Appeal from the Order of the Unemployment Compensation Board of Review in case of In Re: Claim of Harrison S. Comstock, No. B-176537.
Frank J. Lucchino, Grogan, Graffam, McGinley, Solomon & Lucchino, with him Joseph M. Coyle, for petitioner.
Charles G. Hasson, Associate Counsel, with him Richard L. Cole, Chief Counsel, for respondent.
Judges Mencer, Williams, Jr. and Palladino, sitting as a panel of three. Opinion by Judge Palladino.
[ 63 Pa. Commw. Page 380]
Harrison Comstock (claimant) appeals here from a decision and order of the Unemployment Compensation Board of Review (Board) which held that claimant
[ 63 Pa. Commw. Page 381]
had terminated his employment without cause of a necessitous and compelling nature, and was thus disqualified from receiving benefits by Section 402(b)(1) of the Unemployment Compensation Law (Law), Act of December 5, 1936, P.L. (1937) 2897, Second Ex. Sess., as amended, 43 P.S. § 802(b)(1).*fn1
The facts in this case are not in dispute. On March 23, 1979, claimant, because of a lack of work, was laid off from his job as an internal welder for A.C.F. Industries (A.C.F.), a position he held for approximately twelve years. At the time of the layoff, claimant was covered by the terms of a collective bargaining agreement between A.C.F. and the United Steel Workers of America which provided, inter alia, that all laid off employees had the right to "bump" less senior employees in equivalent or lesser job classifications if the laid off employee was qualified to fill the position in question. Although A.C.F. informed claimant on March 27, 1979, that he had to exercise this right, claimant failed to pursue the matter, and accordingly remained unemployed.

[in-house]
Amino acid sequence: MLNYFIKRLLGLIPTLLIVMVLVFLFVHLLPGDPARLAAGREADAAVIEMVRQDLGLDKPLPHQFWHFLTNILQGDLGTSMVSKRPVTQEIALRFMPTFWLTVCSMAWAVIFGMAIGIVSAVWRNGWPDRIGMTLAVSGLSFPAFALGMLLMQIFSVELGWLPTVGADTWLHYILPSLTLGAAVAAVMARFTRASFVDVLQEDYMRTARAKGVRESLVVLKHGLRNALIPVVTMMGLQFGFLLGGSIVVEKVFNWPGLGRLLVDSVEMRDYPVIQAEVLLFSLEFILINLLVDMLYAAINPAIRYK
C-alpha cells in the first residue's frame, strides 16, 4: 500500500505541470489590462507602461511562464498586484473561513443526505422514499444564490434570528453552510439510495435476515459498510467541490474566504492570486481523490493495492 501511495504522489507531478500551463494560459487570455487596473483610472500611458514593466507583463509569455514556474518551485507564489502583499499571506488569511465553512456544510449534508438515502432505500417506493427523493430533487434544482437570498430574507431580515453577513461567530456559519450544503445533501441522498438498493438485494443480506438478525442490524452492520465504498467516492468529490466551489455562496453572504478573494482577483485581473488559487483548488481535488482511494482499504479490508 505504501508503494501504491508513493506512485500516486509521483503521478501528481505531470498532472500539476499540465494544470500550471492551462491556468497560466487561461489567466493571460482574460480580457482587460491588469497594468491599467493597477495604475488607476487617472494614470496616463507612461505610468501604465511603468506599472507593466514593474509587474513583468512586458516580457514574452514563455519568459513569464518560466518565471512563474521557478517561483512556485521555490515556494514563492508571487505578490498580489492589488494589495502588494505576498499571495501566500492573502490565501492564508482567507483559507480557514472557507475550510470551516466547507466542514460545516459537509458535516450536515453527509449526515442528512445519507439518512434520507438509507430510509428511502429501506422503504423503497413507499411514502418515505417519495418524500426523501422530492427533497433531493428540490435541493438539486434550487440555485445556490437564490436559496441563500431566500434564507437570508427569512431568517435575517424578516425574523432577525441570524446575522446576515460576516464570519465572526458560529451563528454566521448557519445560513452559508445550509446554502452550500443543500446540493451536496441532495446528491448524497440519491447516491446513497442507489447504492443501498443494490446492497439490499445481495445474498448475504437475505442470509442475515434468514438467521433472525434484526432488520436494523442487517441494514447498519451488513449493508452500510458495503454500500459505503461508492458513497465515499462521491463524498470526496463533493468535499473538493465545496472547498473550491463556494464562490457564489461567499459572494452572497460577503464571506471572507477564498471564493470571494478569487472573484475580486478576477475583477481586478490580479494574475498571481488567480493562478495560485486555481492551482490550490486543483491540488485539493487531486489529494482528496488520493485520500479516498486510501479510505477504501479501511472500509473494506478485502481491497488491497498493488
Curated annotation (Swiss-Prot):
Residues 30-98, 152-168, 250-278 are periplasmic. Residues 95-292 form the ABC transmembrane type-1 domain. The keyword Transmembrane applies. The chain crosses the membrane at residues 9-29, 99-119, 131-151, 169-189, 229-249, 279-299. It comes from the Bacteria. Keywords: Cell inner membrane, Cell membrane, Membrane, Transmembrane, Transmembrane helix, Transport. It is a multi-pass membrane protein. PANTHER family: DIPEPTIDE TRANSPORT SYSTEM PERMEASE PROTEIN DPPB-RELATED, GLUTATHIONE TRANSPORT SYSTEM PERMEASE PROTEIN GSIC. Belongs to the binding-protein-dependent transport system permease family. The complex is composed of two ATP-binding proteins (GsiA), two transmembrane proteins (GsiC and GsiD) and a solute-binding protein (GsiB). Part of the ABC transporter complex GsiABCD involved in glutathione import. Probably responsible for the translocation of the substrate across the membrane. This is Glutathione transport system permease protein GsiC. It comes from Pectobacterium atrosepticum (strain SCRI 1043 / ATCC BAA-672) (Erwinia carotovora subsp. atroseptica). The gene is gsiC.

Before this Court, the only issue raised by claimant is whether the Board erred as a matter of law by concluding that his failure to exercise his contractual "bumping" privilege amounted to a voluntary termination of employment. Since we believe that the Board committed no such error, we will affirm.
[ 63 Pa. Commw. Page 382]
"The issue of whether one has voluntarily left work is one of law; the resolution of that question is dependent upon the underlying facts as found by the board." Roberts v. Unemployment Compensation Board of Review, 61 Pa. Commonwealth Ct. 21, 24, 432 A.2d 646, 648 (1981).
In deciding whether an employee's termination is "voluntary" or not, we have stated that "'when an employee engages in conduct which necessarily leads to the termination of his employment, the . . . [agency] . . . is clearly justified in characterizing such termination as voluntary.'" Fisher v. Unemployment Compensation Board of Review, 38 Pa. Commonwealth Ct. 518, 522, 393 A.2d 1304, 1306 (1978) (quoting Ernst v. Department of Public Welfare, 37 Pa. Commonwealth Ct. 643, 647, 391 A.2d 1116, ...